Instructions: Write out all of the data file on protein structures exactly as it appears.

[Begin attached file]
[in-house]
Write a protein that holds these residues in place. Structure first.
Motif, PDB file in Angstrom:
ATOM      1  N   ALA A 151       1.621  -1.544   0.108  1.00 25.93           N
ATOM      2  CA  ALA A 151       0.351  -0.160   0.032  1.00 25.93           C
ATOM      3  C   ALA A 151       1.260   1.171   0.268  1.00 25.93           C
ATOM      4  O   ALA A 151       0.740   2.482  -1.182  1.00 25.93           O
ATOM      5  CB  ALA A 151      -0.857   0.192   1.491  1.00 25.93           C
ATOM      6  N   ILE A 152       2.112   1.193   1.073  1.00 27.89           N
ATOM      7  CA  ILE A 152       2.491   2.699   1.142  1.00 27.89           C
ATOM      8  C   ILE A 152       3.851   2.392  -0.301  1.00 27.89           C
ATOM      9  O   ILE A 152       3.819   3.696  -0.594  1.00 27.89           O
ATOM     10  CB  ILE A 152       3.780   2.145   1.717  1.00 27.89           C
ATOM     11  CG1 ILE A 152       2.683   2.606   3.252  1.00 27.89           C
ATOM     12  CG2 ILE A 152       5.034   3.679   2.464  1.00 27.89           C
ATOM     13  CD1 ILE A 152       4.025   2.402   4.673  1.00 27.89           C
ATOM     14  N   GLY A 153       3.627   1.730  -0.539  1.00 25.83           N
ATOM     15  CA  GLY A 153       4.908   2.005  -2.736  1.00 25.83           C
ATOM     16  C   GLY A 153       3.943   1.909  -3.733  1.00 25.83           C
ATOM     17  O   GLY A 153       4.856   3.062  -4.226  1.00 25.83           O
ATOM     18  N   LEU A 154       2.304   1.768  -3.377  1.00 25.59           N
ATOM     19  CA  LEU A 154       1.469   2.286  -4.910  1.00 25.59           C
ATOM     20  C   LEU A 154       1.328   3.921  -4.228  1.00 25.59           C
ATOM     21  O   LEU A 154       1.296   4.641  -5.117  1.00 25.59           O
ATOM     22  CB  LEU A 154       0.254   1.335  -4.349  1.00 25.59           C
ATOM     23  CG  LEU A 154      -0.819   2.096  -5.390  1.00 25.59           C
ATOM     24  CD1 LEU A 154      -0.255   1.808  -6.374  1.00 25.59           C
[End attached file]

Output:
[in-house]
Write a protein that holds these residues in place. Structure first.
Motif, PDB file in Angstrom:
ATOM      1  N   ALA A 151       1.621  -1.544   0.108  1.00 25.93           N
ATOM      2  CA  ALA A 151       0.351  -0.160   0.032  1.00 25.93           C
ATOM      3  C   ALA A 151       1.260   1.171   0.268  1.00 25.93           C
ATOM      4  O   ALA A 151       0.740   2.482  -1.182  1.00 25.93           O
ATOM      5  CB  ALA A 151      -0.857   0.192   1.491  1.00 25.93           C
ATOM      6  N   ILE A 152       2.112   1.193   1.073  1.00 27.89           N
ATOM      7  CA  ILE A 152       2.491   2.699   1.142  1.00 27.89           C
ATOM      8  C   ILE A 152       3.851   2.392  -0.301  1.00 27.89           C
ATOM      9  O   ILE A 152       3.819   3.696  -0.594  1.00 27.89           O
ATOM     10  CB  ILE A 152       3.780   2.145   1.717  1.00 27.89           C
ATOM     11  CG1 ILE A 152       2.683   2.606   3.252  1.00 27.89           C
ATOM     12  CG2 ILE A 152       5.034   3.679   2.464  1.00 27.89           C
ATOM     13  CD1 ILE A 152       4.025   2.402   4.673  1.00 27.89           C
ATOM     14  N   GLY A 153       3.627   1.730  -0.539  1.00 25.83           N
ATOM     15  CA  GLY A 153       4.908   2.005  -2.736  1.00 25.83           C
ATOM     16  C   GLY A 153       3.943   1.909  -3.733  1.00 25.83           C
ATOM     17  O   GLY A 153       4.856   3.062  -4.226  1.00 25.83           O
ATOM     18  N   LEU A 154       2.304   1.768  -3.377  1.00 25.59           N
ATOM     19  CA  LEU A 154       1.469   2.286  -4.910  1.00 25.59           C
ATOM     20  C   LEU A 154       1.328   3.921  -4.228  1.00 25.59           C
ATOM     21  O   LEU A 154       1.296   4.641  -5.117  1.00 25.59           O
ATOM     22  CB  LEU A 154       0.254   1.335  -4.349  1.00 25.59           C
ATOM     23  CG  LEU A 154      -0.819   2.096  -5.390  1.00 25.59           C
ATOM     24  CD1 LEU A 154      -0.255   1.808  -6.374  1.00 25.59           C